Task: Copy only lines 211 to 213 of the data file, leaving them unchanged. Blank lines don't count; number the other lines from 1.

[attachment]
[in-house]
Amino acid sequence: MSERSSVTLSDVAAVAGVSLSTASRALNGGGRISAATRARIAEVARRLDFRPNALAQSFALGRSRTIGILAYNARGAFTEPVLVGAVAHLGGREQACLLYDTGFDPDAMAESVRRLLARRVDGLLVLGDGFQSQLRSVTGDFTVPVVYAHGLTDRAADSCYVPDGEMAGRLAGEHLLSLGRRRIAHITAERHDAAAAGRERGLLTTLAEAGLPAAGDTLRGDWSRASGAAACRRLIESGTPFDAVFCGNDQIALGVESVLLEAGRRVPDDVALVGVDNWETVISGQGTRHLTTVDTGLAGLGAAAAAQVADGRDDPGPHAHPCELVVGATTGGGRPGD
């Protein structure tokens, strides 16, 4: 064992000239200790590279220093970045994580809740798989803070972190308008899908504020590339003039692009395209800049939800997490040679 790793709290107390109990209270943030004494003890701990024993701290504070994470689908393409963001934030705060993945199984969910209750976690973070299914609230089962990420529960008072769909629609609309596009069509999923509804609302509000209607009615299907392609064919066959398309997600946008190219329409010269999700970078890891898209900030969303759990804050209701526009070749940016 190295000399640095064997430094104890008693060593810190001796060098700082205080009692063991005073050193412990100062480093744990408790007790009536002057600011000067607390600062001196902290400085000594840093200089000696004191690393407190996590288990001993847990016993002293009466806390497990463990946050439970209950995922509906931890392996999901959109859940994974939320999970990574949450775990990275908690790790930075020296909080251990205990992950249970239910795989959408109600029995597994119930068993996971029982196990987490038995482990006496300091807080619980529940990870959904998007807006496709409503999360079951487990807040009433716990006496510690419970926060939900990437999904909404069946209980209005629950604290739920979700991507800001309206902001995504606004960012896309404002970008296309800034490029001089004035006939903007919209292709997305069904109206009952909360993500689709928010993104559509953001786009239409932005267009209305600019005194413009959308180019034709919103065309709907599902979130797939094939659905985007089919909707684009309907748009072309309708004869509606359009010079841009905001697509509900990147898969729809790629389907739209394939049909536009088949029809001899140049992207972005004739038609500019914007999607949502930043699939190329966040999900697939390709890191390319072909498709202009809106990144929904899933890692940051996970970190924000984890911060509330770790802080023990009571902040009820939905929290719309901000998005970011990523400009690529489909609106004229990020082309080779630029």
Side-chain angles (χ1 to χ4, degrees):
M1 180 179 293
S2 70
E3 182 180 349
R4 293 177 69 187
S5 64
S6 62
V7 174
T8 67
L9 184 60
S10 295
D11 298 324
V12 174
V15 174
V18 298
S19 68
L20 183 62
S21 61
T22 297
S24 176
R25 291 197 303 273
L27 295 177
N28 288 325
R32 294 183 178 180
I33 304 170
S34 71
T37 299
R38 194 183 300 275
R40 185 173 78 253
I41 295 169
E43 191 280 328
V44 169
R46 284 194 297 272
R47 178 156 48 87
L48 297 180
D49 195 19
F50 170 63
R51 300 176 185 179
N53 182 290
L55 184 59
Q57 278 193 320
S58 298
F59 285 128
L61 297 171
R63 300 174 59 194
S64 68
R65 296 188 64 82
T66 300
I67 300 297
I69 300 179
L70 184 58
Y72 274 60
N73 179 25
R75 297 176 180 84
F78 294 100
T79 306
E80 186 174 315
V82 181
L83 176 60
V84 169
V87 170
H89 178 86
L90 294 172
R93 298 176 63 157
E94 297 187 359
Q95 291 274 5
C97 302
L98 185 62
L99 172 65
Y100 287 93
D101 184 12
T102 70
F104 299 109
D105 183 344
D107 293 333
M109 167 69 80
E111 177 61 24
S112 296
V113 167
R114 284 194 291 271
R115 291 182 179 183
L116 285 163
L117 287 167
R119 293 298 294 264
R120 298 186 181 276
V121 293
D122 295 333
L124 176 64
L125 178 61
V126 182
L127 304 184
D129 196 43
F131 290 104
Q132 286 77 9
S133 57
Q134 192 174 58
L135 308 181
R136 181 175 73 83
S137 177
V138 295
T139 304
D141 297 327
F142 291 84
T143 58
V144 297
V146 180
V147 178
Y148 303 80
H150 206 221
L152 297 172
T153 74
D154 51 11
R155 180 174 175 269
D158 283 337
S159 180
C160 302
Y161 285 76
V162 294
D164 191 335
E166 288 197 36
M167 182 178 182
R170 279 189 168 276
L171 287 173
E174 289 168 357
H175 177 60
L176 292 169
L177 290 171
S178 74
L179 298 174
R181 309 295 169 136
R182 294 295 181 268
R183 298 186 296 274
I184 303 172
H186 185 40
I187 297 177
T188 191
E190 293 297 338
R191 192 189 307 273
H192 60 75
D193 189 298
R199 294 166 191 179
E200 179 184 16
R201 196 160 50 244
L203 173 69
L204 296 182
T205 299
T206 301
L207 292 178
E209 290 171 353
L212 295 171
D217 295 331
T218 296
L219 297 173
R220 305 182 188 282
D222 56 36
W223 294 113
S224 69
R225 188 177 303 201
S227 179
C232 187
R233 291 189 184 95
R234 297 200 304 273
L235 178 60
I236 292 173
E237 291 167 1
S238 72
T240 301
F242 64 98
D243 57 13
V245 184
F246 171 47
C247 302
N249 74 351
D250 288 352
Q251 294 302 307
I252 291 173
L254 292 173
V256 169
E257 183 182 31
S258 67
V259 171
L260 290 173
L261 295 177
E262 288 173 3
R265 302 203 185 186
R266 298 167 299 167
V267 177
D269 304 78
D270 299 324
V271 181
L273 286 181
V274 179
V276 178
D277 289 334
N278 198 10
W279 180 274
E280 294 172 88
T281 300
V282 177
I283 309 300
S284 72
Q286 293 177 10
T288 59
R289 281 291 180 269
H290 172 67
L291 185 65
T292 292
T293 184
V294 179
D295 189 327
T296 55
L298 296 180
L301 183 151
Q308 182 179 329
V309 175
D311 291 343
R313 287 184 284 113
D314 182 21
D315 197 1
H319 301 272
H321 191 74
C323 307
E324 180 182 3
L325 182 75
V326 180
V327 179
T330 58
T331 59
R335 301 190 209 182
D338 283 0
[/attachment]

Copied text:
T293 184
V294 179
D295 189 327